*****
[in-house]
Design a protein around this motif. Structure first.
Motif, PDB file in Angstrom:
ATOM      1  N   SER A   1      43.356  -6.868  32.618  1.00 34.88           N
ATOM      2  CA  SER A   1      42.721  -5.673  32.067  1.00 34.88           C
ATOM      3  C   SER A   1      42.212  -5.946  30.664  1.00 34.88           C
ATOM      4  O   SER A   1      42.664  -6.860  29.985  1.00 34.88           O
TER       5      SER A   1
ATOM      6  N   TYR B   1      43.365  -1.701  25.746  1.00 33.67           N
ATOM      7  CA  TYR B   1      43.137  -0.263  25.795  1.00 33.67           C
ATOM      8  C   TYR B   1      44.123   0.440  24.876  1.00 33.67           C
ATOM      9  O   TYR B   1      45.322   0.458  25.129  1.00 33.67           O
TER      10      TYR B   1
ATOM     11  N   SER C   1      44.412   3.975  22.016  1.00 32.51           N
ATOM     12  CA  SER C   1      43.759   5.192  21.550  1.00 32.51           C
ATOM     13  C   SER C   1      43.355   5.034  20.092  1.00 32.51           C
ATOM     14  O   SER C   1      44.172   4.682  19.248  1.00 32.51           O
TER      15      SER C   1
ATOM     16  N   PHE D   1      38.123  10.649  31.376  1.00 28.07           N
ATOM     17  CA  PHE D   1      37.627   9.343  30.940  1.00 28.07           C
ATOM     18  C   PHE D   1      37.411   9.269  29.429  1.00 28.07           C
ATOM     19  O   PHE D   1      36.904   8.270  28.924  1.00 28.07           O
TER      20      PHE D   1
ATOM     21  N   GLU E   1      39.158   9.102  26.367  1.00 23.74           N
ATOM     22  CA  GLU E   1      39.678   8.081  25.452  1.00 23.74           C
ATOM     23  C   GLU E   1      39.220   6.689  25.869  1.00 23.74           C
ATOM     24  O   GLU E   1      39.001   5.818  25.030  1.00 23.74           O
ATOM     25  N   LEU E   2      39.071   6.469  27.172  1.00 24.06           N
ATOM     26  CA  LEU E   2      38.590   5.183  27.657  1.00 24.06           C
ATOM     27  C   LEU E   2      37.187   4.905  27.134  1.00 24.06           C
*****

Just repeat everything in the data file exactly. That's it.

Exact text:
[in-house]
Design a protein around this motif. Structure first.
Motif, PDB file in Angstrom:
ATOM      1  N   SER A   1      43.356  -6.868  32.618  1.00 34.88           N
ATOM      2  CA  SER A   1      42.721  -5.673  32.067  1.00 34.88           C
ATOM      3  C   SER A   1      42.212  -5.946  30.664  1.00 34.88           C
ATOM      4  O   SER A   1      42.664  -6.860  29.985  1.00 34.88           O
TER       5      SER A   1
ATOM      6  N   TYR B   1      43.365  -1.701  25.746  1.00 33.67           N
ATOM      7  CA  TYR B   1      43.137  -0.263  25.795  1.00 33.67           C
ATOM      8  C   TYR B   1      44.123   0.440  24.876  1.00 33.67           C
ATOM      9  O   TYR B   1      45.322   0.458  25.129  1.00 33.67           O
TER      10      TYR B   1
ATOM     11  N   SER C   1      44.412   3.975  22.016  1.00 32.51           N
ATOM     12  CA  SER C   1      43.759   5.192  21.550  1.00 32.51           C
ATOM     13  C   SER C   1      43.355   5.034  20.092  1.00 32.51           C
ATOM     14  O   SER C   1      44.172   4.682  19.248  1.00 32.51           O
TER      15      SER C   1
ATOM     16  N   PHE D   1      38.123  10.649  31.376  1.00 28.07           N
ATOM     17  CA  PHE D   1      37.627   9.343  30.940  1.00 28.07           C
ATOM     18  C   PHE D   1      37.411   9.269  29.429  1.00 28.07           C
ATOM     19  O   PHE D   1      36.904   8.270  28.924  1.00 28.07           O
TER      20      PHE D   1
ATOM     21  N   GLU E   1      39.158   9.102  26.367  1.00 23.74           N
ATOM     22  CA  GLU E   1      39.678   8.081  25.452  1.00 23.74           C
ATOM     23  C   GLU E   1      39.220   6.689  25.869  1.00 23.74           C
ATOM     24  O   GLU E   1      39.001   5.818  25.030  1.00 23.74           O
ATOM     25  N   LEU E   2      39.071   6.469  27.172  1.00 24.06           N
ATOM     26  CA  LEU E   2      38.590   5.183  27.657  1.00 24.06           C
ATOM     27  C   LEU E   2      37.187   4.905  27.134  1.00 24.06           C